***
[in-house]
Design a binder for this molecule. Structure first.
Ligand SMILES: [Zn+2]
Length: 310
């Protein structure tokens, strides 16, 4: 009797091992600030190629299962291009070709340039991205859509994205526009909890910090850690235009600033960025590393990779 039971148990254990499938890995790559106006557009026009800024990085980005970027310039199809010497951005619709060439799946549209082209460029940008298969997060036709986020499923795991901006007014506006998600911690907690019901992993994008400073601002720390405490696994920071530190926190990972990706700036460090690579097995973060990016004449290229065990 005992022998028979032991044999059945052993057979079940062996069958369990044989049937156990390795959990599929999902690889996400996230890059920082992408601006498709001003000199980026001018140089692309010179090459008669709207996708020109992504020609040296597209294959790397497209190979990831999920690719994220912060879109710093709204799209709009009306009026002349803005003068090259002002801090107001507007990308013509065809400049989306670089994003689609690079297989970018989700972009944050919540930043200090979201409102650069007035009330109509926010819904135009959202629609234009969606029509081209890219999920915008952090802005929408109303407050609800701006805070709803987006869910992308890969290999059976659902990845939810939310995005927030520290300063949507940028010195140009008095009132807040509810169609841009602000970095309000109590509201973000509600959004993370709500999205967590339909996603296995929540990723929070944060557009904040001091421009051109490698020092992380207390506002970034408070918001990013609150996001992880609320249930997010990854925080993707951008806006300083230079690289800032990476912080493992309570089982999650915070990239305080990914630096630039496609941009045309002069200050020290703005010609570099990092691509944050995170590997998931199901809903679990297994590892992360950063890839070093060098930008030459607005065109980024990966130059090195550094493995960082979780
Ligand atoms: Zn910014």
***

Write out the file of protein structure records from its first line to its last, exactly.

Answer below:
[in-house]
Design a binder for this molecule. Structure first.
Ligand SMILES: [Zn+2]
Length: 310
């Protein structure tokens, strides 16, 4: 009797091992600030190629299962291009070709340039991205859509994205526009909890910090850690235009600033960025590393990779 039971148990254990499938890995790559106006557009026009800024990085980005970027310039199809010497951005619709060439799946549209082209460029940008298969997060036709986020499923795991901006007014506006998600911690907690019901992993994008400073601002720390405490696994920071530190926190990972990706700036460090690579097995973060990016004449290229065990 005992022998028979032991044999059945052993057979079940062996069958369990044989049937156990390795959990599929999902690889996400996230890059920082992408601006498709001003000199980026001018140089692309010179090459008669709207996708020109992504020609040296597209294959790397497209190979990831999920690719994220912060879109710093709204799209709009009306009026002349803005003068090259002002801090107001507007990308013509065809400049989306670089994003689609690079297989970018989700972009944050919540930043200090979201409102650069007035009330109509926010819904135009959202629609234009969606029509081209890219999920915008952090802005929408109303407050609800701006805070709803987006869910992308890969290999059976659902990845939810939310995005927030520290300063949507940028010195140009008095009132807040509810169609841009602000970095309000109590509201973000509600959004993370709500999205967590339909996603296995929540990723929070944060557009904040001091421009051109490698020092992380207390506002970034408070918001990013609150996001992880609320249930997010990854925080993707951008806006300083230079690289800032990476912080493992309570089982999650915070990239305080990914630096630039496609941009045309002069200050020290703005010609570099990092691509944050995170590997998931199901809903679990297994590892992360950063890839070093060098930008030459607005065109980024990966130059090195550094493995960082979780
Ligand atoms: Zn910014």